Of course I didn't read the lengthy extra math excursions at the
...more
Robert Dormer
I wanted to like this book, I really did. But what can you say about a book where the author writes, "we have now come to the end of this book" - and then proceeds to chug along for another twelve pages, plus two more supplemental chapters? I was expecting a book about the history and mathematics of this elusive and important concept. Instead, what I got was 300 meandering pages of cringe inducing philosophical speculations and mental masturbation. I kept waiting and waiting for some kind of poi ...more
Josh
Nov 24, 2015 rated it liked it  ·  review of another edition
I know that's what I should've expected, but there was too much math and numbers. It took too much effort to get my mind to wrap around concepts then after a while the concepts of infinity started to become repetitive.

*Infinities and indivisibilities - I just appreciate this string of words
*Finite but unbounded - my favourite part of the book in chapter 1 which help me put the 4th dimenesion into perspective
Mike
Apr 10, 2009 rated it it was amazing  ·  review of another edition
Best book I have read in a long time, not for the beach. However long plane rides are a good time to chew on this. It really gets your mind going - so in theory between any two points there are an infinite number of points, this is rather obvious, however if we think of time as linear, as we have been trained to do then in between any two moments there is an infinite amount of moments, and thus an infinite amount of time...This guys is the undisputed expert on infinity.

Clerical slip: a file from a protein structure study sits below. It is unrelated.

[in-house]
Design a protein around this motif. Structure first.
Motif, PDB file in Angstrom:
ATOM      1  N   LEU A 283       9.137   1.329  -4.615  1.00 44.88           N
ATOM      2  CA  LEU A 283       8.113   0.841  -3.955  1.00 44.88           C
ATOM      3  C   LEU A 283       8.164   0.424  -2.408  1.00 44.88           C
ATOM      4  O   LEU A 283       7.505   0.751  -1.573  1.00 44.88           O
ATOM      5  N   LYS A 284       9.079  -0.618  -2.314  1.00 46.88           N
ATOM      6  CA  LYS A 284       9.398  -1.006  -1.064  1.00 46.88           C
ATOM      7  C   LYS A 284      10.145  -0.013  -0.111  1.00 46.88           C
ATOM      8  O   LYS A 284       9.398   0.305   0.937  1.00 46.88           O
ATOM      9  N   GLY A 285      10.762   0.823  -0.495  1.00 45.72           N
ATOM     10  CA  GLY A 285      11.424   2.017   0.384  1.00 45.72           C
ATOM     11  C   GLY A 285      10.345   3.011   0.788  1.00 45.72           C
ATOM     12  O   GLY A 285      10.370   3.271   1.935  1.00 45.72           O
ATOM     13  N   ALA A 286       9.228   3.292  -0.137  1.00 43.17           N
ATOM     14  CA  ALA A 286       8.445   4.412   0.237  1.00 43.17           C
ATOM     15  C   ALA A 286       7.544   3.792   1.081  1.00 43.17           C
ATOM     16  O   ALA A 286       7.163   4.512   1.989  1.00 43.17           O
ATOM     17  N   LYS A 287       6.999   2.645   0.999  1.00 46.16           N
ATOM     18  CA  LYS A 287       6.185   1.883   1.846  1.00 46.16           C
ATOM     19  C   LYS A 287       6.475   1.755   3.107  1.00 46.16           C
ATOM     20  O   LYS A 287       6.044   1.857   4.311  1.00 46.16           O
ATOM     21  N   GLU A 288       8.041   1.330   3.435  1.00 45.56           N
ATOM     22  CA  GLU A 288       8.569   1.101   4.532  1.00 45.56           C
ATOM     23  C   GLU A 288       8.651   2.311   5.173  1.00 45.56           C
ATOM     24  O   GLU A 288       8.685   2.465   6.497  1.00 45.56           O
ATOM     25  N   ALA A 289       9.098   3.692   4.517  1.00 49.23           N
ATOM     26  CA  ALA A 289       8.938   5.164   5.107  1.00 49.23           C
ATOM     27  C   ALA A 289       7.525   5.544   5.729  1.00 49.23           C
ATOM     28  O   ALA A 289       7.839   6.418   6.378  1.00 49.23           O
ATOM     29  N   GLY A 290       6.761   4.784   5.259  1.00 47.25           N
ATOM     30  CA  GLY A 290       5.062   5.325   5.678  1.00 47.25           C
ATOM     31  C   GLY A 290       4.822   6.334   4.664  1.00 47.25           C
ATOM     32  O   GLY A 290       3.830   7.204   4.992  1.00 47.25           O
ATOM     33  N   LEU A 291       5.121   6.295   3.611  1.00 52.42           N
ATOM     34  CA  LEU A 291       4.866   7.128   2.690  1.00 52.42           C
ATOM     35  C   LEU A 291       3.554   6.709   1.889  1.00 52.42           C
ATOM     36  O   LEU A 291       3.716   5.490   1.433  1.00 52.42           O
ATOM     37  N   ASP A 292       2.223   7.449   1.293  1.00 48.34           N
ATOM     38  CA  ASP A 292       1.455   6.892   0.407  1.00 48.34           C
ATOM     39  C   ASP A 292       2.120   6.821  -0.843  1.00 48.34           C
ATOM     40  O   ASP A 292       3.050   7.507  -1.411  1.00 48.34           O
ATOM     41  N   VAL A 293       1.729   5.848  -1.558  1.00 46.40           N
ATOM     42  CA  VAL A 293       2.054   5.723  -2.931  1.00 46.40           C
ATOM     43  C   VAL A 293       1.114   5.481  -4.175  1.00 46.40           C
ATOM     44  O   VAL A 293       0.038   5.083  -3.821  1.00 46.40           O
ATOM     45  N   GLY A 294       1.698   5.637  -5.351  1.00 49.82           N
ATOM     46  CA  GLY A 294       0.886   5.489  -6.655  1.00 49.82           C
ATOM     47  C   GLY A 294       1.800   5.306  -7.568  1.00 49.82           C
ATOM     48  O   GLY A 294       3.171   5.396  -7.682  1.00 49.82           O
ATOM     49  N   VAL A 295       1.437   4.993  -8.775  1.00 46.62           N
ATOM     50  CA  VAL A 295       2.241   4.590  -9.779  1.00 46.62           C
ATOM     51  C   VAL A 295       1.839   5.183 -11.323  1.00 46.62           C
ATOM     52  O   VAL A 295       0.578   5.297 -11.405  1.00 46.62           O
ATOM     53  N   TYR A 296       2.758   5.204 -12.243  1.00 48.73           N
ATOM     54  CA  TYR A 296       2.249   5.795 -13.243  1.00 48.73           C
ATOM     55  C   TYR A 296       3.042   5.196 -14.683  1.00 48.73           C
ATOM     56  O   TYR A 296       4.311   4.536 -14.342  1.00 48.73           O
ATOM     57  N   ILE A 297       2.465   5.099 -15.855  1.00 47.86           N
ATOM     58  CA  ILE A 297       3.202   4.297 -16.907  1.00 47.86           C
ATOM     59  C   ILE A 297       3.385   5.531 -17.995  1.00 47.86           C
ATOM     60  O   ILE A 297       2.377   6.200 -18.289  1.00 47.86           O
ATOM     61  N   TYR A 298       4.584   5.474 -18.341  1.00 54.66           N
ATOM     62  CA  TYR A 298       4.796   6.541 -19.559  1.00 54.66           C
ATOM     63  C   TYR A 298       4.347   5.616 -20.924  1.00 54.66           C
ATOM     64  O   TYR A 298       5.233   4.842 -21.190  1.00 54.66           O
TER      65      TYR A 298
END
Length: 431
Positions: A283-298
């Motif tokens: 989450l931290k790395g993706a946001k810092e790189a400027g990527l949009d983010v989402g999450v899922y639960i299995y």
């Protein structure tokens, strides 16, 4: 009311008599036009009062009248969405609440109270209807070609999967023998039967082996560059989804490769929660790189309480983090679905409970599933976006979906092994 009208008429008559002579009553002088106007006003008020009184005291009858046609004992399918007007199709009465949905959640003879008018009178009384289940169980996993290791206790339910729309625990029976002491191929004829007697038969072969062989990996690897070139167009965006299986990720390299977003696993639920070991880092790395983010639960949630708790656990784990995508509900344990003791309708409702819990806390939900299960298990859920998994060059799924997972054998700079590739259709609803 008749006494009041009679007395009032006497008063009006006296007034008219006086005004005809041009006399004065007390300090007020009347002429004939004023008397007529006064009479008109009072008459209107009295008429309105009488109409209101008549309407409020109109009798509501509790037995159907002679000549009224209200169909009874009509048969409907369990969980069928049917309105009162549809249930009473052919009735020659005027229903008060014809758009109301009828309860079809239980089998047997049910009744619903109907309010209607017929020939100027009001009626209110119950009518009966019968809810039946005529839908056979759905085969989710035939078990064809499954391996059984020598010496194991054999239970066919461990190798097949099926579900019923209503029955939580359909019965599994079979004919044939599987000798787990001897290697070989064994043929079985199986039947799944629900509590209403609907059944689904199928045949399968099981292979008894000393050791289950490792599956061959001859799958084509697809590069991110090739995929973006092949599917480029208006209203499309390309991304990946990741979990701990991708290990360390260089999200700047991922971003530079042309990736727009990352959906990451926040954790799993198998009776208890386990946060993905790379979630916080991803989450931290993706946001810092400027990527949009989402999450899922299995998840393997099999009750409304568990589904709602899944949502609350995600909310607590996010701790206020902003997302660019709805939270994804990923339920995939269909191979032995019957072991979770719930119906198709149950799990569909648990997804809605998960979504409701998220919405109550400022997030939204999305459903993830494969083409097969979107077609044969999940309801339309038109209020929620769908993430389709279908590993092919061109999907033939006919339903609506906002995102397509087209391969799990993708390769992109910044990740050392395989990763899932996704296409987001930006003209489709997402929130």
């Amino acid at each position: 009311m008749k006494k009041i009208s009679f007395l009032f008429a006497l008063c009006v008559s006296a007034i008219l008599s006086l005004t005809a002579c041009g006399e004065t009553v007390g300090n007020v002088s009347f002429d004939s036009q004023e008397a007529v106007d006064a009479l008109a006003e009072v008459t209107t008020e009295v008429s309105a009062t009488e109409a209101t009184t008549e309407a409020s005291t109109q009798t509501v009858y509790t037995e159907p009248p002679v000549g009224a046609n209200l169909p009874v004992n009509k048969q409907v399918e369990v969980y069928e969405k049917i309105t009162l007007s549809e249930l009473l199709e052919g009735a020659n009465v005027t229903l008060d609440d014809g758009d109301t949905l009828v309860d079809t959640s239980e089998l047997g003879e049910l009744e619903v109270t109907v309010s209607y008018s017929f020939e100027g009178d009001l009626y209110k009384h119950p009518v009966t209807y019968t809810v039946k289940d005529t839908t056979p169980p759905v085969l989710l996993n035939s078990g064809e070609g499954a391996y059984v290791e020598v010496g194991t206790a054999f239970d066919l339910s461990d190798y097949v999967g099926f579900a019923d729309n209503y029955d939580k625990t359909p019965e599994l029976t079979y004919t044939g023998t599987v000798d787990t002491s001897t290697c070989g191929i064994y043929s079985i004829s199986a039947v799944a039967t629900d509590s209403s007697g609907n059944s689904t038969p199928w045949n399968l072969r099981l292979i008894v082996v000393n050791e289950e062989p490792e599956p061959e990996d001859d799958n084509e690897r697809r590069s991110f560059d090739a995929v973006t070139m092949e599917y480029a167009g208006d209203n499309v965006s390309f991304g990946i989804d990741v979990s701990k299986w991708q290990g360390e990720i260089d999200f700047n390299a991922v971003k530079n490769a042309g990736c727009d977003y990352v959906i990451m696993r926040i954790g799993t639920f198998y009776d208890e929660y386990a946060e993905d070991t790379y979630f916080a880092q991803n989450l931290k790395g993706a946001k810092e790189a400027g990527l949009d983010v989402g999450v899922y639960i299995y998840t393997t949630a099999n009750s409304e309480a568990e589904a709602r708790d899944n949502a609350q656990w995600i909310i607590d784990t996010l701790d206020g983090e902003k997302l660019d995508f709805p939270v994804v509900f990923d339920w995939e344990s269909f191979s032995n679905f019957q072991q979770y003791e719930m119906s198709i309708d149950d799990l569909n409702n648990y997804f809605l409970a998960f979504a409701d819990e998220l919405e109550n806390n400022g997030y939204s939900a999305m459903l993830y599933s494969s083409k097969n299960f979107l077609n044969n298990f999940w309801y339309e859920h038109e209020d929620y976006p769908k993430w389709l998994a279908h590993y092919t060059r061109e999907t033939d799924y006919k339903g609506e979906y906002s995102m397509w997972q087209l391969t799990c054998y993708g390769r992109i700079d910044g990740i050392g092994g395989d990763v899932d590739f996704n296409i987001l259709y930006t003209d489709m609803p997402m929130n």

Misha
Apr 13, 2009 rated it really liked it  ·  review of another edition
Shelves: nonfiction, college
I read this in college, not for a class but just because it sounded interesting. I was an English major with a fondness for the ideas of science, but lacking the patience to try to understand the mathematics of it all. This book was engaging and accessible, and opened my mind to new concepts. I wish I could remember more of them.
Dave Peticolas

An overview of the mathematics and philosophy of the infinite.

This book touches on many subjects including the transfinite numbers, Godel's Incompleteness Theorems, the possibility of machine intelligence, the limits of human intelligence, the ultimate reality of mathematics, and the concept of the Absolute.

Timothy
Oct 21, 2016 rated it really liked it  ·  review of another edition
Enlightening walk through the most interesting facets of the philosophy of mathematics. Covers Godel's theorem, higher infinities, and exposes the reader to the development of mathematics from scratch (ZF set theory and alternative axiomatic systems). Features interesting discussions about the irreducibility of consciousness.
Collin
Sep 15, 2011 rated it liked it  ·  review of another edition
Shelves: put-down
Made it through the first two chapters, but in the end my inability to comprehend transfinite numbers held up any forward progress. Might revisit this one later as my mathematical sophistication improves.
Kate
Dec 08, 2010 rated it liked it  ·  review of another edition
What I understand is interesting.
Gary
Feb 12, 2008 rated it it was amazing  ·  review of another edition
Everything you want to know about infinity. Very thought provoking.
KidPolaroid
Mar 27, 2007 rated it it was ok  ·  review of another edition
Recommends it for: people willing to think for 2.2 hours about 3.4 sentences
I downloaded the reading list and problem sets for the MIT course entitled "Paradox & Infinity" and am slowly trudging through it. Really fun though.
Julian Smith
Long book, lots to comprehend.
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Rudolf von Bitter Rucker is an American mathematician, computer scientist, science fiction author, and one of the founders of the cyberpunk genre. He is best known for his Ware Tetralogy, the first two of which won Philip K. Dick awards. Presently, Rudy Rucker edits the science fiction webzine Flurb.
“As Aquinas, the quintessential theologian, says: “The notion of form is most fully realized in existence itself. And in God existence is not acquired by anything, but God is existence itself subsistent. It is clear, then, that God himself is both limitless and perfect.”28” 1 likes